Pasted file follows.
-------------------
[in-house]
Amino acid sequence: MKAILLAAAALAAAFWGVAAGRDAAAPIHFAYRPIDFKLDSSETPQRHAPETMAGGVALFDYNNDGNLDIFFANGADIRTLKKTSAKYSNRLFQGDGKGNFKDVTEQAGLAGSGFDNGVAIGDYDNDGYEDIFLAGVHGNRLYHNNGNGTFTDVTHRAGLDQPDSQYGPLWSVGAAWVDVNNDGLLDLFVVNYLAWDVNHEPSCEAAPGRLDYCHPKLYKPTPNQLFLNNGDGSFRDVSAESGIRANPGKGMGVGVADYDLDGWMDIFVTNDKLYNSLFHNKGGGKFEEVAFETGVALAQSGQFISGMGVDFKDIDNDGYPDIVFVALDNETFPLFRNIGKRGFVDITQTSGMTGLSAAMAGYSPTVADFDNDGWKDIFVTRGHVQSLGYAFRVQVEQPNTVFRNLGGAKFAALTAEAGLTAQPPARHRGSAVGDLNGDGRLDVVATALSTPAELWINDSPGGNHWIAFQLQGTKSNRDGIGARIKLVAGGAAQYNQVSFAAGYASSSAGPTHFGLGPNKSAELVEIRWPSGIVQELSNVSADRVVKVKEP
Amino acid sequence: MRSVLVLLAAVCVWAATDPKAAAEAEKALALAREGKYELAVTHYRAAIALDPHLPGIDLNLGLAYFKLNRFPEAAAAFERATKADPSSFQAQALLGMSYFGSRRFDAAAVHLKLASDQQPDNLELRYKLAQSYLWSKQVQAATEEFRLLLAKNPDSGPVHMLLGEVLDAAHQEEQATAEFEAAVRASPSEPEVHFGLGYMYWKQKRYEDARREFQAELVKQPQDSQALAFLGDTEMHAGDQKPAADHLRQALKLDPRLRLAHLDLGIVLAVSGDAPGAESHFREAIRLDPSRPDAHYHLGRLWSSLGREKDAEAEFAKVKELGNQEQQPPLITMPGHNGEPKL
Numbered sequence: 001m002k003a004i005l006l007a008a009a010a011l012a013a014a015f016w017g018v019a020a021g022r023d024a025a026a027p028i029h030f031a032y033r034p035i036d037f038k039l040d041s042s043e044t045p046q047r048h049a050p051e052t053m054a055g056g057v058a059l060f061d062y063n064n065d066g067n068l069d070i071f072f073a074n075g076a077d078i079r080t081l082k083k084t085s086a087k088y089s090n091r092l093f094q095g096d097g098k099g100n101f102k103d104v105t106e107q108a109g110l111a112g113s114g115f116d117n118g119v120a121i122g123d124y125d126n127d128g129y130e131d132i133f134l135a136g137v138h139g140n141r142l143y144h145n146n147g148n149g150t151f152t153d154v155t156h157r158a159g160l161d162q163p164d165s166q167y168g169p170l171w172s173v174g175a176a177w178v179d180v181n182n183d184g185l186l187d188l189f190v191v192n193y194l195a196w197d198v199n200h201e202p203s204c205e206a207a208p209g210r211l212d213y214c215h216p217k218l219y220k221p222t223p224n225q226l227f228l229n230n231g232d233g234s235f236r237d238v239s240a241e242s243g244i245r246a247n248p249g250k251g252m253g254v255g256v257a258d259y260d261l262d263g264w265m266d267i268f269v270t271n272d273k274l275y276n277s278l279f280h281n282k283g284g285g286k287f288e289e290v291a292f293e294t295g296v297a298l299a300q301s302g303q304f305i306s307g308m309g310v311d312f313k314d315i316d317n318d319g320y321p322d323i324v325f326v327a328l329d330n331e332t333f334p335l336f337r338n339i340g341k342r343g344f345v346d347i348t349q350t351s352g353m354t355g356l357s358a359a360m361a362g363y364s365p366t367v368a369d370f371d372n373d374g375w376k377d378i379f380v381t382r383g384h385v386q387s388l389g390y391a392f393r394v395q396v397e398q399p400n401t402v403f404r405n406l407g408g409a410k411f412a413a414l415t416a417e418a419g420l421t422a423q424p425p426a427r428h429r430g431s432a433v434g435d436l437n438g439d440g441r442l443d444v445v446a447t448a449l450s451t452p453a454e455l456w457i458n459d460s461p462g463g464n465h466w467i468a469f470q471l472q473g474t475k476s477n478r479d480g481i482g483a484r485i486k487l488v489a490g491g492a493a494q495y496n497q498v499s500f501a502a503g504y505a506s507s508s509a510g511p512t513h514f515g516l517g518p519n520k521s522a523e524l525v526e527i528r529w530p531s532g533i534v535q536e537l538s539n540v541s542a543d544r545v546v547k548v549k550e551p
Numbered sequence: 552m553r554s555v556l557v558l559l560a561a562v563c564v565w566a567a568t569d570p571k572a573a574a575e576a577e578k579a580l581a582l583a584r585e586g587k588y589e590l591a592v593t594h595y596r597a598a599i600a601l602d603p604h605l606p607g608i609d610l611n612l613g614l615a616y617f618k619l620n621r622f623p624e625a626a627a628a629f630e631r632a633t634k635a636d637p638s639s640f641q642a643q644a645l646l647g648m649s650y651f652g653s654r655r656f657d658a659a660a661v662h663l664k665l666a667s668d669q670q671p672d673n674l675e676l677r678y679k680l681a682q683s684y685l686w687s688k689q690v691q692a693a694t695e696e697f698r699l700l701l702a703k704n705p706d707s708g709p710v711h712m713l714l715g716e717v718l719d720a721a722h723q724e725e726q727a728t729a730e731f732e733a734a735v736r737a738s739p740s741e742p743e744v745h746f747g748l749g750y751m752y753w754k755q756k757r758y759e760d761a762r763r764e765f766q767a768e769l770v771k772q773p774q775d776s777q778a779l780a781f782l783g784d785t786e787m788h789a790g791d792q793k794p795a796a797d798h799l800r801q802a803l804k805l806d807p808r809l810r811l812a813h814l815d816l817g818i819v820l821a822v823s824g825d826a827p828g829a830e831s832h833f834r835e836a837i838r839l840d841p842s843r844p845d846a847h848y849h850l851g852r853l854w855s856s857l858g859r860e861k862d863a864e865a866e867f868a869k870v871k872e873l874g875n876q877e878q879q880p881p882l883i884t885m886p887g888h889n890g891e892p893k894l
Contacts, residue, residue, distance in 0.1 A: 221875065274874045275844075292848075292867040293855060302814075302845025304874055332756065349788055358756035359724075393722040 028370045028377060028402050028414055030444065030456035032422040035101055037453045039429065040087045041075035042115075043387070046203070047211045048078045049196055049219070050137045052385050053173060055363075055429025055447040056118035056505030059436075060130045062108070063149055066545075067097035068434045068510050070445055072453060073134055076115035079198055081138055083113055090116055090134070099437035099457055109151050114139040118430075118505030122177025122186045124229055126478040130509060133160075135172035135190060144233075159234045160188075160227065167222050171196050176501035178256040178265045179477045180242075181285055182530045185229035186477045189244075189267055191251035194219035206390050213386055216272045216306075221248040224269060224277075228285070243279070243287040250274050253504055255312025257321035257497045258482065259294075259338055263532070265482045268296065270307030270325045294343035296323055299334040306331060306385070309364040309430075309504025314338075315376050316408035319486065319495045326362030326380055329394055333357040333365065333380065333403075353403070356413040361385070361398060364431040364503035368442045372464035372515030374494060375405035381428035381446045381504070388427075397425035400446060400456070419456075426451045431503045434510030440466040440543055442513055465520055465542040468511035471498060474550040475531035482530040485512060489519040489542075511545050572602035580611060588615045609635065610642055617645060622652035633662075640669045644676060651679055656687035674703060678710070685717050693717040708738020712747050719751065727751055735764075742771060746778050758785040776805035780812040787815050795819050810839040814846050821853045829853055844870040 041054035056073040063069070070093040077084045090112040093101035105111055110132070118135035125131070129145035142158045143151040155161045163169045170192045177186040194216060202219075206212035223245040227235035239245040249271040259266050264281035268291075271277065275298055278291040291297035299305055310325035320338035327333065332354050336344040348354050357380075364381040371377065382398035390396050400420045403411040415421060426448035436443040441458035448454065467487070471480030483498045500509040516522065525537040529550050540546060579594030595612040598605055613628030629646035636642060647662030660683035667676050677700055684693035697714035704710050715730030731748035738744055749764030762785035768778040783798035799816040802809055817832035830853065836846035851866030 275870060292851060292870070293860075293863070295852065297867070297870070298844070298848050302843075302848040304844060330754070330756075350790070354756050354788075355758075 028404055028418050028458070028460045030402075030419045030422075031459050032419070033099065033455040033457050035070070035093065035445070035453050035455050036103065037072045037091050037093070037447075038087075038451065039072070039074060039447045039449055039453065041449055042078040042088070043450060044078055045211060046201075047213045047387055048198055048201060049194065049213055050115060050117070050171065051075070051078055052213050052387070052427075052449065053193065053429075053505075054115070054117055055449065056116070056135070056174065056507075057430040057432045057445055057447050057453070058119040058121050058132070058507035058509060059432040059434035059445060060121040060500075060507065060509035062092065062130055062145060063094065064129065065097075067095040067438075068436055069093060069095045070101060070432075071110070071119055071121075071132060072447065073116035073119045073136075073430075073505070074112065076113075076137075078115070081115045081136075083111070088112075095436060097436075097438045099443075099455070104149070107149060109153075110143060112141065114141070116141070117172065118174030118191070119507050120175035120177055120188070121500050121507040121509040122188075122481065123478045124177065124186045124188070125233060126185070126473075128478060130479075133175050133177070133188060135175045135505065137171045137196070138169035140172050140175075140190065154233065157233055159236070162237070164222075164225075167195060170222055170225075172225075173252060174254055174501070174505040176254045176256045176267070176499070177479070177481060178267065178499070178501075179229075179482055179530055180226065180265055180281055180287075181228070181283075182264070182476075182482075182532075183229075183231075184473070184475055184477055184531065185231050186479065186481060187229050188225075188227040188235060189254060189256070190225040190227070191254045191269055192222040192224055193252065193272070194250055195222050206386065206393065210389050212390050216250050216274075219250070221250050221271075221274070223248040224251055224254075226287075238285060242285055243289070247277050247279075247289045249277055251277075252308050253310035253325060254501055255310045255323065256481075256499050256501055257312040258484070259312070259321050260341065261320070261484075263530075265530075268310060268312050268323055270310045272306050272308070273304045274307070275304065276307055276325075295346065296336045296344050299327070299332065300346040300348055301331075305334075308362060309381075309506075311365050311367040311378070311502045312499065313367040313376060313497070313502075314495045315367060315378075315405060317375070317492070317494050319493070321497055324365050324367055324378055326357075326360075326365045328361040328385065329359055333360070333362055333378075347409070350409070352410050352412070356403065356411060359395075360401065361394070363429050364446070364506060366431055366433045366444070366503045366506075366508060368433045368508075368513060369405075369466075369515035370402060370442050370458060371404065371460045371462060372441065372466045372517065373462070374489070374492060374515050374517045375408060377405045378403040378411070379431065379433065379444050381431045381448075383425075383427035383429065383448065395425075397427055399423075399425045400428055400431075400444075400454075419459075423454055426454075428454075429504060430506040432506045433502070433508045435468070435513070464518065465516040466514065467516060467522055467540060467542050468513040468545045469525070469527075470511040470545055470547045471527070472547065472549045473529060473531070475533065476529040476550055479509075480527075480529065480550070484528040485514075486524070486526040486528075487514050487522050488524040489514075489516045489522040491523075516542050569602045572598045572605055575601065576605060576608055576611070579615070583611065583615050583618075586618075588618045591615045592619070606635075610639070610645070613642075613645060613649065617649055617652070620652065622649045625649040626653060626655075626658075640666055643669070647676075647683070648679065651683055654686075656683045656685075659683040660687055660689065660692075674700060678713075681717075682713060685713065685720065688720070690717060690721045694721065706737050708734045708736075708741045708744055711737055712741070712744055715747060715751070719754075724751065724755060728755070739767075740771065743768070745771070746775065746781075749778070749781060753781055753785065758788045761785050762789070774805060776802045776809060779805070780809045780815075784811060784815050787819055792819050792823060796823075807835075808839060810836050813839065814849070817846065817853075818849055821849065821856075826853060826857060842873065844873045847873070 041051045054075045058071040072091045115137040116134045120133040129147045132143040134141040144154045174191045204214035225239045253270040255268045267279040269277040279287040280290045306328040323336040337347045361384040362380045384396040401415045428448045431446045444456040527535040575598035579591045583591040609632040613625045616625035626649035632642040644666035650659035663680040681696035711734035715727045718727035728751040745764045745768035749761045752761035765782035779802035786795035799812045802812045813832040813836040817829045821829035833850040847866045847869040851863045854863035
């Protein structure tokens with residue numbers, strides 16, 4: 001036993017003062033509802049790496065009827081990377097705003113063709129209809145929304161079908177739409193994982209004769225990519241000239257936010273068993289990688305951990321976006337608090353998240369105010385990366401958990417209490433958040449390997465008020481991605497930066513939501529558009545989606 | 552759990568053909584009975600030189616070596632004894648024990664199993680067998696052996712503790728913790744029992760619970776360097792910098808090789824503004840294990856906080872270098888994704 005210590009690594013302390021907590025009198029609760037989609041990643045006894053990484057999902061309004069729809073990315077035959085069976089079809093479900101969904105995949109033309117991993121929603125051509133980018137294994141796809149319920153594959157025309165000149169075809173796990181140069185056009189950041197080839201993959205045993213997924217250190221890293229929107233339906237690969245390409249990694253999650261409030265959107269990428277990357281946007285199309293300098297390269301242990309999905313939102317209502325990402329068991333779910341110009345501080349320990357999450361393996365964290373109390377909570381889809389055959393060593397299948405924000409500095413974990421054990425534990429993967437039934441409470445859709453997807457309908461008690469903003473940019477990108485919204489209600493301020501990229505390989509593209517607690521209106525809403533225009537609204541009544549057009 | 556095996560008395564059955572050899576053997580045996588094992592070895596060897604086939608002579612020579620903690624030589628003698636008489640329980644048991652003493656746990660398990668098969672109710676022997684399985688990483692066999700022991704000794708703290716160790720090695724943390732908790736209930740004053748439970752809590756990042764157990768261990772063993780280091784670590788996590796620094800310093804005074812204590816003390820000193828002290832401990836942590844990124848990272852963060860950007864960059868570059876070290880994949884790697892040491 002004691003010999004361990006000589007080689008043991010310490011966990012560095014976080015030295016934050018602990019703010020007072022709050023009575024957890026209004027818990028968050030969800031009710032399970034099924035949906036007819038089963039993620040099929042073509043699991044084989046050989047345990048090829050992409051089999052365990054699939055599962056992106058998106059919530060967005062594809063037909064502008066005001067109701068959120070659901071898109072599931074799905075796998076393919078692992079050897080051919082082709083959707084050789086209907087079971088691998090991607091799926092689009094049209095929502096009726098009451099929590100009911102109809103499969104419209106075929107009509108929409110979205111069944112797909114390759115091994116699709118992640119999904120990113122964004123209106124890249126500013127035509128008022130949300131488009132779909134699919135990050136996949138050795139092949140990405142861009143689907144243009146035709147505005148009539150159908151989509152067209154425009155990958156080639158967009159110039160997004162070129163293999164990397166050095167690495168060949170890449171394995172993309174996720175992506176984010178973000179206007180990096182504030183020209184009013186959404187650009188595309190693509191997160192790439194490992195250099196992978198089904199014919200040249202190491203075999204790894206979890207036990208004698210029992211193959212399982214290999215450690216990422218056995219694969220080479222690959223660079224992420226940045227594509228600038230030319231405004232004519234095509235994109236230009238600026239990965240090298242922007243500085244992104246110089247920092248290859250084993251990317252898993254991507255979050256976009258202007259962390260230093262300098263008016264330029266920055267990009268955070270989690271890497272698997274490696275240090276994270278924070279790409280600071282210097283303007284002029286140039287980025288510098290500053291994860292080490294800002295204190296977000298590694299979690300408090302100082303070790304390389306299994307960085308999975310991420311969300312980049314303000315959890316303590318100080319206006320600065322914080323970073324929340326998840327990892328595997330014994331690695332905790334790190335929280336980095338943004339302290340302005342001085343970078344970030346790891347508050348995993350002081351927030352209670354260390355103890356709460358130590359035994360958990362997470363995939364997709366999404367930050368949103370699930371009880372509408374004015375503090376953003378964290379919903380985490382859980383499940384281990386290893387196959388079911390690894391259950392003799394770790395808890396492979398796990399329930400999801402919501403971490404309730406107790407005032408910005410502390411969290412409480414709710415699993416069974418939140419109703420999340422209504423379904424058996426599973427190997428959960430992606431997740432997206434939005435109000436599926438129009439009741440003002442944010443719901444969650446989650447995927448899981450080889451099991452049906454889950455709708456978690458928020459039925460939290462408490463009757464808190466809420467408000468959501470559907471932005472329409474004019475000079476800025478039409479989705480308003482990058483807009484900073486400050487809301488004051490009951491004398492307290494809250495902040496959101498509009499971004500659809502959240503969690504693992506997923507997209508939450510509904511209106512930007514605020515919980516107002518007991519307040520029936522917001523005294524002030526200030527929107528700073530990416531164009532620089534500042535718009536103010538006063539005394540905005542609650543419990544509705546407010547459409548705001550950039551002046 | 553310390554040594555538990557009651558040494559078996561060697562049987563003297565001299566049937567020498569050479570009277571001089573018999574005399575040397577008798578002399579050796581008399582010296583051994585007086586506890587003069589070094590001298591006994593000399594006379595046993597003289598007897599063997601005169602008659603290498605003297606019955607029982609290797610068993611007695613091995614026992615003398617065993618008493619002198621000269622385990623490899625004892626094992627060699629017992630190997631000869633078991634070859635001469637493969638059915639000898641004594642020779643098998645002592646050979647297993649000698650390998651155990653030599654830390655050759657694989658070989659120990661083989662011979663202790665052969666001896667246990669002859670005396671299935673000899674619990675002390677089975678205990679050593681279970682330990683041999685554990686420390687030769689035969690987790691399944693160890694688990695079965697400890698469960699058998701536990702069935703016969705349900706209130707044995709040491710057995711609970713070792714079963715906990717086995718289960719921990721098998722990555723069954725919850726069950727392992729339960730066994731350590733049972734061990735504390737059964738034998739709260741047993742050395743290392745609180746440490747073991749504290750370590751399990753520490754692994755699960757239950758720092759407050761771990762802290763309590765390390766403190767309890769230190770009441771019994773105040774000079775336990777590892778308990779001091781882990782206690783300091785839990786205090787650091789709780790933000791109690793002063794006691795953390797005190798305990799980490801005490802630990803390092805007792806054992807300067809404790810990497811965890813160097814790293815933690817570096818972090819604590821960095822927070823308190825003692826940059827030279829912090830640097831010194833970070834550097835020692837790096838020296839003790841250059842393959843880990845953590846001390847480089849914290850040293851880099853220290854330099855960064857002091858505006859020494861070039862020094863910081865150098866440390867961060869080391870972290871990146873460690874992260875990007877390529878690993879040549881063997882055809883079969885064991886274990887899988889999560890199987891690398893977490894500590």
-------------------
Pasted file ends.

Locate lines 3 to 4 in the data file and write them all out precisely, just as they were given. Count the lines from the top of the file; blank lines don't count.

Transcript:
Amino acid sequence: MRSVLVLLAAVCVWAATDPKAAAEAEKALALAREGKYELAVTHYRAAIALDPHLPGIDLNLGLAYFKLNRFPEAAAAFERATKADPSSFQAQALLGMSYFGSRRFDAAAVHLKLASDQQPDNLELRYKLAQSYLWSKQVQAATEEFRLLLAKNPDSGPVHMLLGEVLDAAHQEEQATAEFEAAVRASPSEPEVHFGLGYMYWKQKRYEDARREFQAELVKQPQDSQALAFLGDTEMHAGDQKPAADHLRQALKLDPRLRLAHLDLGIVLAVSGDAPGAESHFREAIRLDPSRPDAHYHLGRLWSSLGREKDAEAEFAKVKELGNQEQQPPLITMPGHNGEPKL
Numbered sequence: 001m002k003a004i005l006l007a008a009a010a011l012a013a014a015f016w017g018v019a020a021g022r023d024a025a026a027p028i029h030f031a032y033r034p035i036d037f038k039l040d041s042s043e044t045p046q047r048h049a050p051e052t053m054a055g056g057v058a059l060f061d062y063n064n065d066g067n068l069d070i071f072f073a074n075g076a077d078i079r080t081l082k083k084t085s086a087k088y089s090n091r092l093f094q095g096d097g098k099g100n101f102k103d104v105t106e107q108a109g110l111a112g113s114g115f116d117n118g119v120a121i122g123d124y125d126n127d128g129y130e131d132i133f134l135a136g137v138h139g140n141r142l143y144h145n146n147g148n149g150t151f152t153d154v155t156h157r158a159g160l161d162q163p164d165s166q167y168g169p170l171w172s173v174g175a176a177w178v179d180v181n182n183d184g185l186l187d188l189f190v191v192n193y194l195a196w197d198v199n200h201e202p203s204c205e206a207a208p209g210r211l212d213y214c215h216p217k218l219y220k221p222t223p224n225q226l227f228l229n230n231g232d233g234s235f236r237d238v239s240a241e242s243g244i245r246a247n248p249g250k251g252m253g254v255g256v257a258d259y260d261l262d263g264w265m266d267i268f269v270t271n272d273k274l275y276n277s278l279f280h281n282k283g284g285g286k287f288e289e290v291a292f293e294t295g296v297a298l299a300q301s302g303q304f305i306s307g308m309g310v311d312f313k314d315i316d317n318d319g320y321p322d323i324v325f326v327a328l329d330n331e332t333f334p335l336f337r338n339i340g341k342r343g344f345v346d347i348t349q350t351s352g353m354t355g356l357s358a359a360m361a362g363y364s365p366t367v368a369d370f371d372n373d374g375w376k377d378i379f380v381t382r383g384h385v386q387s388l389g390y391a392f393r394v395q396v397e398q399p400n401t402v403f404r405n406l407g408g409a410k411f412a413a414l415t416a417e418a419g420l421t422a423q424p425p426a427r428h429r430g431s432a433v434g435d436l437n438g439d440g441r442l443d444v445v446a447t448a449l450s451t452p453a454e455l456w457i458n459d460s461p462g463g464n465h466w467i468a469f470q471l472q473g474t475k476s477n478r479d480g481i482g483a484r485i486k487l488v489a490g491g492a493a494q495y496n497q498v499s500f501a502a503g504y505a506s507s508s509a510g511p512t513h514f515g516l517g518p519n520k521s522a523e524l525v526e527i528r529w530p531s532g533i534v535q536e537l538s539n540v541s542a543d544r545v546v547k548v549k550e551p